Topical Guide 31
Some Clamboats of Babbington
The professional, the clammy, took to the bay in a broad-beamed clamboat. Some of the newer ones had been built in basements or back yards specifically for motorized clamming. They were, as a group, homely and unpretentious craft, roughly rectangular, rising slightly at the bow. Placed near the stern was a small cabin, just large enough to allow the clammy to get out of the sun or the rain for a while, to eat his lunch and drink his beer. Others were converted sailing craft, relics of the days when men were men and clamboats had no motors. These broad-beamed, shallow-draft boats had had their masts and centerboards removed, and now had engines. A few clamboats of both types had engines that were specifically designed for marine use, but most had marine conversions of engines from worn-out cars.
Little Follies, “Do Clams Bite?”
[more to come on Thursday, June 24, 2021]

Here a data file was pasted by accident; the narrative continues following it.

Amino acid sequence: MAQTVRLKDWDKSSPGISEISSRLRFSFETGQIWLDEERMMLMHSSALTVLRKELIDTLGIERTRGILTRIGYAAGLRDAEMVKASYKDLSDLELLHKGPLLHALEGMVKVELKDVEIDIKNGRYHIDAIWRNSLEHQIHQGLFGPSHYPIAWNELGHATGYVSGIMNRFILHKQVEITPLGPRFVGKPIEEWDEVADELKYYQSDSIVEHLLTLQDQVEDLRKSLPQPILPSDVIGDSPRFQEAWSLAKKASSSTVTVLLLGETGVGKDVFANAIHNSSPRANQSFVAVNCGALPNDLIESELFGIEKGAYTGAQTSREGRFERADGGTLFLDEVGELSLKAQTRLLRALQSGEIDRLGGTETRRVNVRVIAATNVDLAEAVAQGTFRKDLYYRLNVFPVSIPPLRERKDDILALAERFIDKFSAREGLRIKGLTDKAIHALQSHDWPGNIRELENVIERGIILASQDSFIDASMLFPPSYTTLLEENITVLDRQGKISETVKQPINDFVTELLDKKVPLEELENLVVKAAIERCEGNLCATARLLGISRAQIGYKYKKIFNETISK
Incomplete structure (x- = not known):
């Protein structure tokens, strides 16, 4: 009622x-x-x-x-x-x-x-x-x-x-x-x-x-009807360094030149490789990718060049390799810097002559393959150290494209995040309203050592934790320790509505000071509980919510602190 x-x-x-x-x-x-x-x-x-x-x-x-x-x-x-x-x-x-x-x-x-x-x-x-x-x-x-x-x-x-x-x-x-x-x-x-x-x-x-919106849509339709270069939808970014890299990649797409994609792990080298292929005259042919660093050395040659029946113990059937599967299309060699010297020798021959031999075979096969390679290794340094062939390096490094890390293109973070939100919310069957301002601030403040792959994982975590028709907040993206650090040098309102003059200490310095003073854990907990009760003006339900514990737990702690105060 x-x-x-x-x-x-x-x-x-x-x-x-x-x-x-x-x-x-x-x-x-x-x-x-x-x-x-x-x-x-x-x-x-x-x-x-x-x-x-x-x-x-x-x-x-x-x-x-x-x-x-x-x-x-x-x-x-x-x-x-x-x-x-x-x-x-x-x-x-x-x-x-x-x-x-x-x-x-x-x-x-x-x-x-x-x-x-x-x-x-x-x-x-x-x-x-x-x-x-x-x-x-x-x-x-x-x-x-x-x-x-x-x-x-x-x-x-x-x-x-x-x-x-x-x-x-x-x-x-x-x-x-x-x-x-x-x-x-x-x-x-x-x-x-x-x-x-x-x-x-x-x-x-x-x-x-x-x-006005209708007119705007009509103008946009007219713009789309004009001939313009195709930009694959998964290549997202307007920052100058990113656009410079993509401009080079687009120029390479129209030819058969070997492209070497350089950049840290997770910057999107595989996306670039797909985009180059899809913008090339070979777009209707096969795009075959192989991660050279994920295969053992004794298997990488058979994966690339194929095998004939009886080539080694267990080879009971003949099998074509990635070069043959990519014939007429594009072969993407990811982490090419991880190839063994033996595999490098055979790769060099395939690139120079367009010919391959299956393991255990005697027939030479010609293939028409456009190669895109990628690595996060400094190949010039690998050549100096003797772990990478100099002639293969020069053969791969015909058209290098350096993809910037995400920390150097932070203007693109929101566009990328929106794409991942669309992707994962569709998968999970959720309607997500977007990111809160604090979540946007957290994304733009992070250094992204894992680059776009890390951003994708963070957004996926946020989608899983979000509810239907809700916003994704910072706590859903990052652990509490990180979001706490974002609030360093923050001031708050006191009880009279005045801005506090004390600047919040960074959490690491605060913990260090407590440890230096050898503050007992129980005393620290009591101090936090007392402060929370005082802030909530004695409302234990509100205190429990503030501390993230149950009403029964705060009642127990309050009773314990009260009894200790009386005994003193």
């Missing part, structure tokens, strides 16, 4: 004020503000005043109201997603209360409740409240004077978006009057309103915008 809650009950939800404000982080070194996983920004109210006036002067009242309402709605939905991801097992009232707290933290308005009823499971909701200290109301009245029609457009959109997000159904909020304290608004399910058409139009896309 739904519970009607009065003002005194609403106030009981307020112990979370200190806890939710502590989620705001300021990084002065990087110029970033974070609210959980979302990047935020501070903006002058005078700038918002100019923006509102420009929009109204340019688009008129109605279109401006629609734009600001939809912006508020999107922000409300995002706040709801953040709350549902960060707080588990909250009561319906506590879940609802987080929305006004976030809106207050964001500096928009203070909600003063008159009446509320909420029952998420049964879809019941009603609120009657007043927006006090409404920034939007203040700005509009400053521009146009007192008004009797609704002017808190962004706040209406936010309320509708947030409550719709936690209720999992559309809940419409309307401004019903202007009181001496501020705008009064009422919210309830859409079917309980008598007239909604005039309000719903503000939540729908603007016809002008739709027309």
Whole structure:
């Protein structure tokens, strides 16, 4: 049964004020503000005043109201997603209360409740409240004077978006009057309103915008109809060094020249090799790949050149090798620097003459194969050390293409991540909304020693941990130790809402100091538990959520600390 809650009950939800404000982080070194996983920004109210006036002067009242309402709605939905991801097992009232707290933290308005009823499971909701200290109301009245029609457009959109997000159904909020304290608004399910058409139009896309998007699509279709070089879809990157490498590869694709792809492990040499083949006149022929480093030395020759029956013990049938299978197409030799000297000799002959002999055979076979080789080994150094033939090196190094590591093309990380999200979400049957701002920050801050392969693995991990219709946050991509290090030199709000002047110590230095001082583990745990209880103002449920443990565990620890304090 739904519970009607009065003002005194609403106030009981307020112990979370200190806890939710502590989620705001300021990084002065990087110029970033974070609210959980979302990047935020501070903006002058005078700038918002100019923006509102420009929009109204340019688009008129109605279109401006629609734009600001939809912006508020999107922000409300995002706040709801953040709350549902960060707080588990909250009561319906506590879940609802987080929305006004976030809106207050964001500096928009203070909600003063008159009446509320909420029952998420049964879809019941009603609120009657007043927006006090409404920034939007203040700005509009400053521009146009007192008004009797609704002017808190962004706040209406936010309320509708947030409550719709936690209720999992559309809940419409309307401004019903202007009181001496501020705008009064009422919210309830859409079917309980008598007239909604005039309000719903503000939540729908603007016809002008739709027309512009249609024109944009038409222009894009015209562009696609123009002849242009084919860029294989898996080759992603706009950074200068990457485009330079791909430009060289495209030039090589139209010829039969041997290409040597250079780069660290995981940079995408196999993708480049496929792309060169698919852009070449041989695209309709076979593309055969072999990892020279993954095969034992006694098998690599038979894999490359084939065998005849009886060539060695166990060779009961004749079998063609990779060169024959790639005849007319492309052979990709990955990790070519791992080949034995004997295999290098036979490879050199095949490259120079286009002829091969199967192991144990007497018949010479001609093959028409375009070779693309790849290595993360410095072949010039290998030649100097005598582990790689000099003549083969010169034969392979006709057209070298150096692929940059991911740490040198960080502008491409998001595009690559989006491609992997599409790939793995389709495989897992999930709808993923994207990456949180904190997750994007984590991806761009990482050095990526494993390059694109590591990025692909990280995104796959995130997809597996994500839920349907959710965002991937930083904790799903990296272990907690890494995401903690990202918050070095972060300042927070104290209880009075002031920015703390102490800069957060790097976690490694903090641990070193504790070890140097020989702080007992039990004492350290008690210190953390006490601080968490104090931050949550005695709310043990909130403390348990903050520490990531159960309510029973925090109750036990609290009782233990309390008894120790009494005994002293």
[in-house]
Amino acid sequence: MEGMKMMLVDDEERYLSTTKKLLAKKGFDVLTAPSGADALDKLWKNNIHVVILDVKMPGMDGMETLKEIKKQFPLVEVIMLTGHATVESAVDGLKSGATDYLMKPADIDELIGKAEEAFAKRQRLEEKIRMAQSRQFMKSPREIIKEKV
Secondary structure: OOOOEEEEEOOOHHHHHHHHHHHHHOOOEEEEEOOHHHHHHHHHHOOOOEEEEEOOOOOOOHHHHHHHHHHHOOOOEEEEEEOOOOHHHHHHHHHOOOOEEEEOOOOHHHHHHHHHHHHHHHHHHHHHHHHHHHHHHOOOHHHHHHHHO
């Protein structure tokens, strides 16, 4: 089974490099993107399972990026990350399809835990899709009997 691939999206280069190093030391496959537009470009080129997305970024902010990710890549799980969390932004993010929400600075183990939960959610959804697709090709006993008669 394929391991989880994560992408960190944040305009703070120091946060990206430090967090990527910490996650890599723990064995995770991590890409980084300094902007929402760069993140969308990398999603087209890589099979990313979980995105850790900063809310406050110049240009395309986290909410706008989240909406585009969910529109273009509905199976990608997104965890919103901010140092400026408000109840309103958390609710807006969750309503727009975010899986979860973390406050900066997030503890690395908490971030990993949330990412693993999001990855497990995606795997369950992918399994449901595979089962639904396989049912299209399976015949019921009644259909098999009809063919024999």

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Growing up in Providence, about 40 miles from the shoreline, my strongest connection with the ocean was through clam cakes. A mixture of dough and clams was dropped into a deep fryer and cooked until it was dark brown. Clam cakes were always heavily salted. They were crisp on the outside and soft on the inside. Because they were dropped into the hot oil, they came out roughly spherical but with odd looking appendages. There was something pre-historic about them. They were what I imagined ancient food looked like. Clam cakes were very filling and sat heavily in the stomach, but after a rare day at the the beach with my grandparents, they were the perfect food.